Regina Casé: I didn't have to research a lot, to be honest. All I had to do was to open my heart, let the memories, the gestures and the ideas for the role come back to me. What I've done, I hope, is to open a small door that will begin to free these Northeastern working women with whom I connected in all favelas in São Paulo, Rio de Janeiro, Ceará and Recife, in Brazil. This acquaintanceship of decades helped me to build a character who has an enormous social appeal in modern Brazilian society.

Q: Was this a difficult character to play? How was Val similar or different to other characters you have played in the past? What were some of your favorite traits about this character?

Regina Casé: Speaking of Val's mannerisms, one thing that we invented and that characterized the naive and sweet manner of the character was the use of old slang. Val wanted to be modern and ended up being funny! An example of this is the expression ''show de bola'' [which means very nice]. I can say that it was wonderful to be able to typify, with Val, hundreds of women that I've met through my life. I never chose it, it wasn't intentional, but, when I analyze my career, I see that I always connect with the experiences that women from all over Brazil - from the suburbs, to the favela, the Northeastern region, like Val, and beyond.

Q: While making this film, how were you impacted personally from the story that it portrays?

Regina Casé: The story truly touched me and continues to move me all the time. For my generation, the situation exposed in the movie was common. After I had my first daughter, I brought in a nurse in what I can now see was a very similar situation. She had left a son in Maranhão State and, at that time, she was taking care of my daughter in order to let me work outside home. Of course, we didn't wait 18 years for her son to come! As soon as I knew about her situation, I had her bring the boy to live with us. Today, her son works as a cameraman on my husband's cinematographic projects. This is only one example out of many.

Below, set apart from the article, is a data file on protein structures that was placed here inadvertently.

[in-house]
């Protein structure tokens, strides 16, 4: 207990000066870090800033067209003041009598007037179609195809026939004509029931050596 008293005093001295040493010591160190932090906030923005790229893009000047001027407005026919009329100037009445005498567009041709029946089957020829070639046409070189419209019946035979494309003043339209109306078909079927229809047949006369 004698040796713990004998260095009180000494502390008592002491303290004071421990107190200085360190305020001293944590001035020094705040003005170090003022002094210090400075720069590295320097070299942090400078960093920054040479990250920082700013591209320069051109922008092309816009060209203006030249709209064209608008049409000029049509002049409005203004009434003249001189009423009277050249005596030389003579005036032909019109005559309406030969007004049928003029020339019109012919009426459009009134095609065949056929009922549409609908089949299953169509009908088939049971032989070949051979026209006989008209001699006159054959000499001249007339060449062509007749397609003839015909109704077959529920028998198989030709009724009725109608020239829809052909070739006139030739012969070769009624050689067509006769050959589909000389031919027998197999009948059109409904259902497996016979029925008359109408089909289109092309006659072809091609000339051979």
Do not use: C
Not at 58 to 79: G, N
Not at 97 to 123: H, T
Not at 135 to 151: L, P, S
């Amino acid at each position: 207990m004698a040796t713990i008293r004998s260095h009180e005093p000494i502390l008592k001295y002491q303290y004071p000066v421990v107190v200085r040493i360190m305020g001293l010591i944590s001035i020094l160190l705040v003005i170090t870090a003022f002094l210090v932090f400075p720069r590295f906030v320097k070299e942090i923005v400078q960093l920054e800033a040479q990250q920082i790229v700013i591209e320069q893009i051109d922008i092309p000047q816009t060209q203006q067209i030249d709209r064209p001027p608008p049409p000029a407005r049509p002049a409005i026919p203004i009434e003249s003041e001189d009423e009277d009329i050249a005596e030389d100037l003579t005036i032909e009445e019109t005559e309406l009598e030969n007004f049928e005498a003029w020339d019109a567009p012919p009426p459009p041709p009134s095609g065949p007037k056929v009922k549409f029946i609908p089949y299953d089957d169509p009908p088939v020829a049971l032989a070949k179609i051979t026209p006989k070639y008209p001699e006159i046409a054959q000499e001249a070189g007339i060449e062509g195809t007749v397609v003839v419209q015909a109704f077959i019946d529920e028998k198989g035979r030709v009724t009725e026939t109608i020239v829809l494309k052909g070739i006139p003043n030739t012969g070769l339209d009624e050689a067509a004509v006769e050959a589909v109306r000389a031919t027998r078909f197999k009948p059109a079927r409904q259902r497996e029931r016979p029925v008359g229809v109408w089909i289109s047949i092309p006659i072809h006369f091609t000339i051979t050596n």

Q: As a TV personality and an actress, it must be difficult at times to differentiate between your private and public personas. Do you find it difficult to separate your TV persona from the characters you portray on film?

Regina Casé: I would like to thank Anna Muylaert for the opportunity. She bet on my work knowing that I was a public person, and popular in Brazil, and that this scenario could 'undress' me of all the images that appear on TV. Anna managed to make people forget about Regina Casé as a presenter and see the character of Val only. I'm glad she's believed in this and, mainly, I'm happy to see that I can also transform! No one, in any moment of the film, would be able to mix one persona with the other.

The Second Mother Movie Details 🎥

Directed by

Anna Muylaert

Writing Credits

Anna Muylaert


Regina Casé

Michel Joelsas

Camila Márdila

Lourenço Mutarelli

Karine Teles

Helena Albergaria

Anapaula Csernik

Bete Dorgam

Luis Miranda

Theo Werneck

Luci Pereira

Hugo Villavicenzio

Roberto Camargo

Alex Huszar

Audrey Lima Lopes

Thaise Reis

Nilcéia Vicente

Music by

Vitor Araújo

Fábio Trummer

Cinematography by

Barbara Alvarez

Genres: Comedy, Drama, Family

Country: Brazil

The Second Mother Official Trailer